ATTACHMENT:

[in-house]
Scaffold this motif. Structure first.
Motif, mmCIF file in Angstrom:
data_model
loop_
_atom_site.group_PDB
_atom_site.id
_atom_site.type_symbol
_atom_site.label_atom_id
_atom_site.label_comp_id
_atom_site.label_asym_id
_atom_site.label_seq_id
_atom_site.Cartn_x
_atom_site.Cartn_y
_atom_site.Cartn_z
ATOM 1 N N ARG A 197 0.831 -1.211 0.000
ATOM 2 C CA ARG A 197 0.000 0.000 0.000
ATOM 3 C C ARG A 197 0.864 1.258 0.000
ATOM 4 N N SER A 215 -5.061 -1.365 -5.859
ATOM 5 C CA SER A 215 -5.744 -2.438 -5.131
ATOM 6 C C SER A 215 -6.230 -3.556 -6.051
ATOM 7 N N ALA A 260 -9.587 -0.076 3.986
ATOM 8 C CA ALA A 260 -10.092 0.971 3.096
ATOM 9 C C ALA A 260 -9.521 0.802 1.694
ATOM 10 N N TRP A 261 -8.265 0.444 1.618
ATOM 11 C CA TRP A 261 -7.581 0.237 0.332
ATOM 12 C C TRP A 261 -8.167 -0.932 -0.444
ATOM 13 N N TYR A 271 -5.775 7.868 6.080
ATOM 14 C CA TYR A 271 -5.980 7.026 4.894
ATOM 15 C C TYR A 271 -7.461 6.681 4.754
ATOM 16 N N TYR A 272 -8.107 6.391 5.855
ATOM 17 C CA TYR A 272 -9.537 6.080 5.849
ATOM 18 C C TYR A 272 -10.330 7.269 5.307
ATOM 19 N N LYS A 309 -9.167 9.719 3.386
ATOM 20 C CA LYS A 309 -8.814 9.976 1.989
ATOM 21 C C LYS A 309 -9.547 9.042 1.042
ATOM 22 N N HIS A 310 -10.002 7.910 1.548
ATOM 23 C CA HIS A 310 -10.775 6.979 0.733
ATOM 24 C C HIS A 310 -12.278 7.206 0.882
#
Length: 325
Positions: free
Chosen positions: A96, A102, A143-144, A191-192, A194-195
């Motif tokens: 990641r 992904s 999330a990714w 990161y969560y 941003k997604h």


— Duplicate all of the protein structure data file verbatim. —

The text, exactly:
[in-house]
Scaffold this motif. Structure first.
Motif, mmCIF file in Angstrom:
data_model
loop_
_atom_site.group_PDB
_atom_site.id
_atom_site.type_symbol
_atom_site.label_atom_id
_atom_site.label_comp_id
_atom_site.label_asym_id
_atom_site.label_seq_id
_atom_site.Cartn_x
_atom_site.Cartn_y
_atom_site.Cartn_z
ATOM 1 N N ARG A 197 0.831 -1.211 0.000
ATOM 2 C CA ARG A 197 0.000 0.000 0.000
ATOM 3 C C ARG A 197 0.864 1.258 0.000
ATOM 4 N N SER A 215 -5.061 -1.365 -5.859
ATOM 5 C CA SER A 215 -5.744 -2.438 -5.131
ATOM 6 C C SER A 215 -6.230 -3.556 -6.051
ATOM 7 N N ALA A 260 -9.587 -0.076 3.986
ATOM 8 C CA ALA A 260 -10.092 0.971 3.096
ATOM 9 C C ALA A 260 -9.521 0.802 1.694
ATOM 10 N N TRP A 261 -8.265 0.444 1.618
ATOM 11 C CA TRP A 261 -7.581 0.237 0.332
ATOM 12 C C TRP A 261 -8.167 -0.932 -0.444
ATOM 13 N N TYR A 271 -5.775 7.868 6.080
ATOM 14 C CA TYR A 271 -5.980 7.026 4.894
ATOM 15 C C TYR A 271 -7.461 6.681 4.754
ATOM 16 N N TYR A 272 -8.107 6.391 5.855
ATOM 17 C CA TYR A 272 -9.537 6.080 5.849
ATOM 18 C C TYR A 272 -10.330 7.269 5.307
ATOM 19 N N LYS A 309 -9.167 9.719 3.386
ATOM 20 C CA LYS A 309 -8.814 9.976 1.989
ATOM 21 C C LYS A 309 -9.547 9.042 1.042
ATOM 22 N N HIS A 310 -10.002 7.910 1.548
ATOM 23 C CA HIS A 310 -10.775 6.979 0.733
ATOM 24 C C HIS A 310 -12.278 7.206 0.882
#
Length: 325
Positions: free
Chosen positions: A96, A102, A143-144, A191-192, A194-195
């Motif tokens: 990641r 992904s 999330a990714w 990161y969560y 941003k997604h």